Pittsburgh Pirates v Philadelphia Phillies

Phillies front office: “Sabermetrics? We don’t need no stinkin’ sabermetrics!”

35 Comments

That may not be an exact quote. And really isn’t anything close to what the Phillies people said in the article. I just like “Treasure of the Sierra Madre” and try to use that construction whenever possible.

But Bob Brookover of the Philly Inquirer does write today about how Ruben Amaro and his team aren’t as taken with statheaddy concerns as a lot of other teams:

WAR – wins above replacement. What is it good for?

The Phillies will not tell you “absolutely nothing,” but when it comes to evaluating talent, they are much more inclined to rely on human eyes than sabermetric calculations.

“We do utilize some of the information,” general manager Ruben Amaro Jr. said during a recent workout at the Carpenter Complex. “There are times when I think maybe we should use it some more, but, frankly, I have a great deal of confidence in the people that we have hired to help us make some of the scouting and personnel decisions. I err on that side probably because I believe in our people.”

Brookover goes on to quote the Phillies’ analytics people who say that they use some stuff and not others and that their biggest use for some of the advanced metrics is to try to figure out how other teams — who do use them a lot — might value a given player.

Interesting enough, but the whole “stats or no stats” thing is so very ten years ago. Every team uses stats in some capacity and every team relies on traditional or more advanced eye-witness scouting techniques too. Indeed, you can read the quotes from Amaro and the other people to mean “we don’t use WAR because, dude, we have our own proprietary analytics that are way better than that.”  Which most teams do.

The binary stats vs. scouts thing in front offices basically doesn’t exist anymore. Teams have different ways to skin the player development cat, but none of them take some stubborn position that certain types of knives shouldn’t be used.

Report: Rockies want a “front-of-rotation-type pitcher” through trade

CHICAGO, IL - SEPTEMBER 29:  Chris Archer #22 of the Tampa Bay Rays pitches against the Chicago White Sox during the first inning at U.S. Cellular Field on September 29, 2016 in Chicago, Illinois.  (Photo by Jon Durr/Getty Images)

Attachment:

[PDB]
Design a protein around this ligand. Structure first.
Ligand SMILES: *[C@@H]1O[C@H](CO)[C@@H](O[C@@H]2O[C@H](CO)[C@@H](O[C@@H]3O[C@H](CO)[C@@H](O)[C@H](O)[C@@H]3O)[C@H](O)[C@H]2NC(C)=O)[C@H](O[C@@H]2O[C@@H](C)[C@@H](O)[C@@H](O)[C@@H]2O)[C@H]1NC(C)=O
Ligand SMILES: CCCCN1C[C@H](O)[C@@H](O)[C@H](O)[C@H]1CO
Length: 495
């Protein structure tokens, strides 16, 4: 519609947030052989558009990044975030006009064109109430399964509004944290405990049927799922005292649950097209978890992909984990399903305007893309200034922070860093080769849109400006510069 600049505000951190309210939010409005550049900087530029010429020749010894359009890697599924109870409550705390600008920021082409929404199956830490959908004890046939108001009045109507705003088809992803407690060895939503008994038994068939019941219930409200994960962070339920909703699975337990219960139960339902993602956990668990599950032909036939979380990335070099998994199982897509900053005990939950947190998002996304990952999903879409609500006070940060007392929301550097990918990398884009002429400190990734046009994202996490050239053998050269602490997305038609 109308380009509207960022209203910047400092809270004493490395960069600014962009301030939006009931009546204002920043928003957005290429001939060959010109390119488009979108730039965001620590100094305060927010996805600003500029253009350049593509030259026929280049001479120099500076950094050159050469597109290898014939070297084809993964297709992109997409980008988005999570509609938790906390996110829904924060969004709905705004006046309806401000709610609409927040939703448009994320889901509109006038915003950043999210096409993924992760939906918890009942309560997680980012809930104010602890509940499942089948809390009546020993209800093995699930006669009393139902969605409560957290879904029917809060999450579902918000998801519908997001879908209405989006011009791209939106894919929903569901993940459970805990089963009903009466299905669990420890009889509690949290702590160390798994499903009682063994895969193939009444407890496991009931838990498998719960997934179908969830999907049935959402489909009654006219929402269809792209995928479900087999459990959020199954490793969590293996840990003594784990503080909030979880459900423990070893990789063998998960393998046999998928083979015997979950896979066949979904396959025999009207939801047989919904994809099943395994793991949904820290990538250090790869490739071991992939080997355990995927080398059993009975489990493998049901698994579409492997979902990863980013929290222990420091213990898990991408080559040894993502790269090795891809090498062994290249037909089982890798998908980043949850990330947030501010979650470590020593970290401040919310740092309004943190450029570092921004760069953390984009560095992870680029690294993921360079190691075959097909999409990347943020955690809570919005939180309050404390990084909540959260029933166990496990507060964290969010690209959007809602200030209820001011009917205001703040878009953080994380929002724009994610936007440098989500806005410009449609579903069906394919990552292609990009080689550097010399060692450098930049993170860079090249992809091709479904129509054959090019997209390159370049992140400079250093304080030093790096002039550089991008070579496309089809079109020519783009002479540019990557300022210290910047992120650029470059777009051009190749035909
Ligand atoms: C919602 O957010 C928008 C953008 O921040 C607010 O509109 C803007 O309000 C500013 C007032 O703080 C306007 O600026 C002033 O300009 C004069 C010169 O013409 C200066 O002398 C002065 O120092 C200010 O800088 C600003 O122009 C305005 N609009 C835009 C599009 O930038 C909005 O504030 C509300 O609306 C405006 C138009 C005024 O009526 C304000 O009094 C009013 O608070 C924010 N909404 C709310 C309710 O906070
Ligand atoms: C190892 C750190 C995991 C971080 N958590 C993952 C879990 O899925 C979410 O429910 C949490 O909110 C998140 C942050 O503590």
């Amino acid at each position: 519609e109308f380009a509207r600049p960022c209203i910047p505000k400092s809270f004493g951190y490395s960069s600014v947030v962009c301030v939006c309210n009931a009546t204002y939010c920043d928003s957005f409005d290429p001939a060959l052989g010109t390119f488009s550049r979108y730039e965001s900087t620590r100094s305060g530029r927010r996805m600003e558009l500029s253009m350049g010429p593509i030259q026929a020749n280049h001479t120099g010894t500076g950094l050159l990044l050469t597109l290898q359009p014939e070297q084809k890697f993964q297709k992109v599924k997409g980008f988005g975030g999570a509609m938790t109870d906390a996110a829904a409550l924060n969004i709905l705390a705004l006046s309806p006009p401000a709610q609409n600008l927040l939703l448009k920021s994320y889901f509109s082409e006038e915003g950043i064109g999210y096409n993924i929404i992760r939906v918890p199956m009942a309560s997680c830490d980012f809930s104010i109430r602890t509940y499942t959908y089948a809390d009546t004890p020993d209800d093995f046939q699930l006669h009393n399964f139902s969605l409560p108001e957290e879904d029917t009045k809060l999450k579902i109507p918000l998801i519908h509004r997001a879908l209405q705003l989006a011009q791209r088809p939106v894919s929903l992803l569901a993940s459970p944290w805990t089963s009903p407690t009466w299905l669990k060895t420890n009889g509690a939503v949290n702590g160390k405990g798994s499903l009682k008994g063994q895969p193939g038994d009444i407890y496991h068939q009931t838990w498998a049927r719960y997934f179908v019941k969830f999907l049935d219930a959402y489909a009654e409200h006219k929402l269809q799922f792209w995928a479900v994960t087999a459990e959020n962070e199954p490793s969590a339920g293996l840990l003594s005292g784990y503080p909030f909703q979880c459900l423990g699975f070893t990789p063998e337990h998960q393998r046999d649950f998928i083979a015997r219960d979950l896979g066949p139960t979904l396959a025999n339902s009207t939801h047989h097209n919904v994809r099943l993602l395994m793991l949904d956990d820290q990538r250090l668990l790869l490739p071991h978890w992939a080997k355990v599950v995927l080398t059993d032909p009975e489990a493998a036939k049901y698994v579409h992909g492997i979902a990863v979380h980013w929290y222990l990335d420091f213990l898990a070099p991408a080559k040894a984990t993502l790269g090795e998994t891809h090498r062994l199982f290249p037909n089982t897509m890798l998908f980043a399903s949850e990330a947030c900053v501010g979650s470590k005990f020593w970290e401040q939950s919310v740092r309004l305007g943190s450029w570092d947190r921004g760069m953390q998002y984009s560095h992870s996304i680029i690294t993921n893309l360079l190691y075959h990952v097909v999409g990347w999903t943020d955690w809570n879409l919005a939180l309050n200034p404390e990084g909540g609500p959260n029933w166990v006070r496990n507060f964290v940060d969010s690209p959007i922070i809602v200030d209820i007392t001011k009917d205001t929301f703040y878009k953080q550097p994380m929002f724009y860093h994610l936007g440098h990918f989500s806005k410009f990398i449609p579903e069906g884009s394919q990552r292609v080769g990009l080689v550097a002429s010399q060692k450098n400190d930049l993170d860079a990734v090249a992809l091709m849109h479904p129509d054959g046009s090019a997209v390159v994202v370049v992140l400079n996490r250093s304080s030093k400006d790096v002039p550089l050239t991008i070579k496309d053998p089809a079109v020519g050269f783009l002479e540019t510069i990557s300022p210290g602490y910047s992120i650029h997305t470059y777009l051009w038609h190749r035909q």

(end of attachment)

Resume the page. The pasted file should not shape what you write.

Jon Durr/Getty Images
Leave a comment

The Rockies are looking for a “front-of-rotation-type pitcher,” per Jeff Passan of Yahoo Sports. He notes that the club is also in on free agent slugger Mark Trumbo.

Starting pitching has not been the Rockies’ strong suit in recent years. The club had baseball’s fifth-worst rotation ERA in baseball this past season at 4.79. It’s tough to entice big-name free agent pitchers to pitch given how their stats are adversely affected by the hitter-friendly nature of Coors Field. Trading would be one way around that.

Though Chris Sale is off the board, the Rockies could still try to pry Chris Archer from the Rays or Jose Quintana from the White Sox.

As presently constructed, the Rockies’ rotation includes Chad Bettis, Tyler Chatwood, Jon Gray, Tyler Anderson, and German Marquez.

Matt Holliday’s contract with Yankees allows him to block a trade to one team

ANAHEIM, CA - MAY 10:  Matt Holliday #7 of the St. Louis Cardinals follows through on a swing during a baseball game between the Los Angeles Angels of Anaheim and the St. Louis Cardinals at Angel Stadium of Anaheim on May 10, 2016 in Anaheim, California.  The St. Louis Cardinals defeated the Los Angeles Angels of Anaheim 8-1.  (Photo by Sean M. Haffey/Getty Images)
Sean M. Haffey/Getty Images
3 Comments

SB Nation’s Chris Cotillo passes along an interesting piece of information. New Yankees OF/DH Matt Holliday has a no-trade clause in his contract that allows him to block a trade to exactly one team: the Athletics.

Holliday was briefly a member of the A’s back in 2009. He had a decent two months in Oakland, so it isn’t as if he feels he couldn’t produce there. However, the A’s do play their home games at Oakland Alameda Coliseum, which is the fifth-oldest stadium in baseball, having opened in 1966. You may recall that the Coliseum has had some issues recently. Three years ago, the coaches’ bathroom overflowed with sewage and sewage also came out of faucets. Earlier this year, there were more plumbing issues as the Yankees’ clubhouse toilet was backed up and water overflowed into the dugout. It’s understandable why Holliday might not want to play half his games there.